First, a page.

But the green under the hood is what really makes the car special.
“People come in and say, ‘Wow, is that electric?'” Knider told Global News as he reviewed the car at his East Vancouver store. “
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Kneider is president and CEO of Riise EV, a Vancouver-based company that specializes in electric conversion, and Porsche—his daily ride—is one of the company’s products.
The eye-catching and virtually quiet sports car recently got people talking at the Vancouver Sun Run, where it led the way as the 10km car.
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“This has more appeal, I’ve done something right, I’ve kept an old classic on the road, I’m cleaner, greener, no emissions, and that just makes sense,” he told Global News.
The conversion involved removing the car’s old 87-horsepower engine and replacing it with a 130-horsepower electric motor that Kneider jokingly called “a 60-pound turkey.”
Add the batteries and the car will be about 100kg heavier but deliver 50 percent more power.
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In its current phase, the Riise EV specializes in converting sports cars and classic cars, usually at a cost of $50,000 to $100,000.
“The cars are great and we will always do them to keep the classics on the road. And people are willing to pay the price to get them, and have them all-electric,” Knider said.
“A lady called me with a faulty Volkswagen 76, a guy came in with an old Rolls Royce, and I had guys come here with tractors and SUVs.”
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But this is just the beginning. The company is also announcing the conversion of its commercial and bus fleet, a route Kneider hopes to expand into a staple in the business.
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At the right scale, he said, converting a school bus to electric would cost about half the price of a new car’s $400,000 — which makes economic and environmental sense.
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“Buses are a huge opportunity for us,” he said.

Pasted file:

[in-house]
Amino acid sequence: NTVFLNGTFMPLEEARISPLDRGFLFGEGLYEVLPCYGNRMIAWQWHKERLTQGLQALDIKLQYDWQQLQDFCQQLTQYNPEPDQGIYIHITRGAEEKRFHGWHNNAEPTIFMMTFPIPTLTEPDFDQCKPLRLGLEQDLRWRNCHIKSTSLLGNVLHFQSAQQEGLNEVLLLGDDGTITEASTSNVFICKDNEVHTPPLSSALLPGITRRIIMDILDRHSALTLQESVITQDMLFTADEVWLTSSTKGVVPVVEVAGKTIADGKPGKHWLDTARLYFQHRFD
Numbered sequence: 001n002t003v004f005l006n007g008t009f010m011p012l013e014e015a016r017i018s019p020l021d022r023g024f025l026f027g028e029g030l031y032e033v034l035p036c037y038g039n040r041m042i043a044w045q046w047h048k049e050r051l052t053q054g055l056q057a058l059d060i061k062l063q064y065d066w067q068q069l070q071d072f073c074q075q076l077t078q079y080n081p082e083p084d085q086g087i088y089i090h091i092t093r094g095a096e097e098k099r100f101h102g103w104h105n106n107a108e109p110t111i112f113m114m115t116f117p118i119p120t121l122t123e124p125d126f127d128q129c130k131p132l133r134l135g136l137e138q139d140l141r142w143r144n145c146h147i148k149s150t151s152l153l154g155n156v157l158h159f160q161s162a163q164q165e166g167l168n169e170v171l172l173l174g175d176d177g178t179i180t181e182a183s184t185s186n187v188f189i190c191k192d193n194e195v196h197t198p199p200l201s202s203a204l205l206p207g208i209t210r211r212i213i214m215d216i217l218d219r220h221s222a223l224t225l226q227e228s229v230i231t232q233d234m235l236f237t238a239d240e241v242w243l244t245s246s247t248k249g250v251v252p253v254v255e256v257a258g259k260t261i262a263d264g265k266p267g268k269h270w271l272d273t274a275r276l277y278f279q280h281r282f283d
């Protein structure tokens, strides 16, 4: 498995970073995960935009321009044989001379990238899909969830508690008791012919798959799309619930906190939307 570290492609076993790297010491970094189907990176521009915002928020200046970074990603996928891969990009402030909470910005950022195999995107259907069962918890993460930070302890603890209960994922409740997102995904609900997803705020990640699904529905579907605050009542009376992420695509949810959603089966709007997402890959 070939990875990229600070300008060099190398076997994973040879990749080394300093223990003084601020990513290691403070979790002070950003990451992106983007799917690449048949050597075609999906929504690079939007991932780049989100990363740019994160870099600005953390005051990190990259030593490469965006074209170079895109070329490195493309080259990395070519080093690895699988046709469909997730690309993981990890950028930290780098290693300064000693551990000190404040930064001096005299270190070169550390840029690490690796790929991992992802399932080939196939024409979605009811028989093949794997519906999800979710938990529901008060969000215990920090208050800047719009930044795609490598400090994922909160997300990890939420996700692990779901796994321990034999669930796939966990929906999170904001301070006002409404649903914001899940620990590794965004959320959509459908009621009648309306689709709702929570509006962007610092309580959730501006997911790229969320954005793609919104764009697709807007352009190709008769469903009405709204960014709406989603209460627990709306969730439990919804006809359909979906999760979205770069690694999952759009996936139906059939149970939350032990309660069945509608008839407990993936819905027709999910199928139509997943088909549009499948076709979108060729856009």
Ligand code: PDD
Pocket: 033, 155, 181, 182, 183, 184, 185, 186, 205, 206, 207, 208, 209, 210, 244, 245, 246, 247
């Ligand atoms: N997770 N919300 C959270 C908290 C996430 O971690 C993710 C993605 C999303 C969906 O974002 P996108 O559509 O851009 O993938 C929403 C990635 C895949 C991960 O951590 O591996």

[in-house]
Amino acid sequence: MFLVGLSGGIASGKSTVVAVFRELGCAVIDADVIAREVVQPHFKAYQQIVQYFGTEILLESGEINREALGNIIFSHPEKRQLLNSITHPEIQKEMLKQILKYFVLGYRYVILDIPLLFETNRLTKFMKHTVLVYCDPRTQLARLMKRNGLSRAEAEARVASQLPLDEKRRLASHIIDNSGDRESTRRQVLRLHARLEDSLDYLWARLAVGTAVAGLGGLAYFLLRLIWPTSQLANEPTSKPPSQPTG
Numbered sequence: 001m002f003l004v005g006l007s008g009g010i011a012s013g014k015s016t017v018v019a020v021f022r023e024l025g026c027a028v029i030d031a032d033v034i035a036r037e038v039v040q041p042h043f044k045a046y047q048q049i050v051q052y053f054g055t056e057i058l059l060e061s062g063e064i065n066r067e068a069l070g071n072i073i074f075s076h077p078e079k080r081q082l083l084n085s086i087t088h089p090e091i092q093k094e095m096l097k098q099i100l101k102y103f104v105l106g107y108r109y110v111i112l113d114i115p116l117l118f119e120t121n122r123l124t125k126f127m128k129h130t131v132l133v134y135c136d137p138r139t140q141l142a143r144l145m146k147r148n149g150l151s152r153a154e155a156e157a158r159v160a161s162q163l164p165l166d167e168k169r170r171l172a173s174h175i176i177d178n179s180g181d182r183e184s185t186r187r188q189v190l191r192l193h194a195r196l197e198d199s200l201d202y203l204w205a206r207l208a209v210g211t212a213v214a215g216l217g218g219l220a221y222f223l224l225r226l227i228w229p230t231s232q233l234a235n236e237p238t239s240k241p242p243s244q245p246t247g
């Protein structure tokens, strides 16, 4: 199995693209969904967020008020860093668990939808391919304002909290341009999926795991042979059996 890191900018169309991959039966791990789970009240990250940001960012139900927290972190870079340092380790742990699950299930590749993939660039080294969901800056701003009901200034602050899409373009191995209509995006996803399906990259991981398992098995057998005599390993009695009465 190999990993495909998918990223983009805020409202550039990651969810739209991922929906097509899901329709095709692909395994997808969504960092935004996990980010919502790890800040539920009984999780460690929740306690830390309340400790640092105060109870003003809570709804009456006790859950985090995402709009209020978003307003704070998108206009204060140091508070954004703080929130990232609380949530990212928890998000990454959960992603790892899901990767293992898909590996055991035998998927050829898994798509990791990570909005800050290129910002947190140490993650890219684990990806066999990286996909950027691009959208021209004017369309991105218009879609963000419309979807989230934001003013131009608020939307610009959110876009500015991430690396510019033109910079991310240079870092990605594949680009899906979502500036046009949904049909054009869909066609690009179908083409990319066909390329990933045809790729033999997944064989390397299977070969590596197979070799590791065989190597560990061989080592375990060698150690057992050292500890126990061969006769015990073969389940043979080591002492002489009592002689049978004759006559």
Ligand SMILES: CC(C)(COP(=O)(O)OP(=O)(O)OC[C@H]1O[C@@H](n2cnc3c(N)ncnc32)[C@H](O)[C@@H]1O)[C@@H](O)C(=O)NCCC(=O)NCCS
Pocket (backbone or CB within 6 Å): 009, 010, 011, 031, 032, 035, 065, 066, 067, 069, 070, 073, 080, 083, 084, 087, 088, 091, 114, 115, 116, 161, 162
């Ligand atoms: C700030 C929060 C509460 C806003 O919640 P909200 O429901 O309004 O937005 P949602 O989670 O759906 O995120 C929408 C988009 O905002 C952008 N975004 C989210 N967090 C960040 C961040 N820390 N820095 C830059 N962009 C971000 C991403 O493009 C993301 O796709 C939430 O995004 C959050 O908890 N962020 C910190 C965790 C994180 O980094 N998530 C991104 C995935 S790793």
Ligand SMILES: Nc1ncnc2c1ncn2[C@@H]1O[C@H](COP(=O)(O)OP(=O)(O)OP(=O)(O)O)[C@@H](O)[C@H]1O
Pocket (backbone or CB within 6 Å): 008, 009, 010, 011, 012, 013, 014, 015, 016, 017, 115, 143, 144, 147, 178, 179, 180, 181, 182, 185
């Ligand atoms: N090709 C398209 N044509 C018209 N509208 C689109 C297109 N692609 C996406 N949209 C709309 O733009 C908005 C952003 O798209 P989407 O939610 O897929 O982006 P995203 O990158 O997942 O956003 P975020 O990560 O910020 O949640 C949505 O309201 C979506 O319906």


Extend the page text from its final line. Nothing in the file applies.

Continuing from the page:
“We are trying to create a platform with buses where we can provide a massive amount of buses for half the price, so we can return $100,000 to schools for sports equipment and $100,000 for musical equipment and still have an electric bus.”
As part of its offering to fleet vehicle operators, the company says it is operating within the guidelines of government-funded Green Support Programs, ensuring that owners qualify for credits and refunds for transfers.
Electric conversions are, in Kenneder’s mind, an untapped niche market and a major step for Canada as the country attempts to switch from gas-powered engines to zero-emissions vehicles by 2030.
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He said converting conventional vehicles to electricity would help the country achieve its climate change goals sooner, while avoiding the waste associated with retiring the millions of cars already on the road.
The conversion task can also be done quickly, more on the football field for months than the current long waiting list for new electric vehicles.
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To that end, along with the company’s bus and fleet goals, Kneider hopes to develop an affordable conversion kit that makes operation accessible to anyone with a pickup truck.
“There are a lot of things that make more sense in the next 10 to 15 years to convert than to do anything else,” he said.
“Not everyone can buy a Tesla, and not everyone can buy an electric car, but someone can afford $30,000 and convert their current car if we hit that kind of scale.”
Those business goals haven’t been met yet, and Kneider said there are still Transport Canada regulations standing in the way of getting the bus business where the company wants it.
He acknowledged that it will take a few years to get to where he wants the company to go, but said the Riise EV team of six and its investors have the vision and passion to get there.
“Persevere is one,” he said.
“Plus I am driven by my children to be successful in something that changes the world.”
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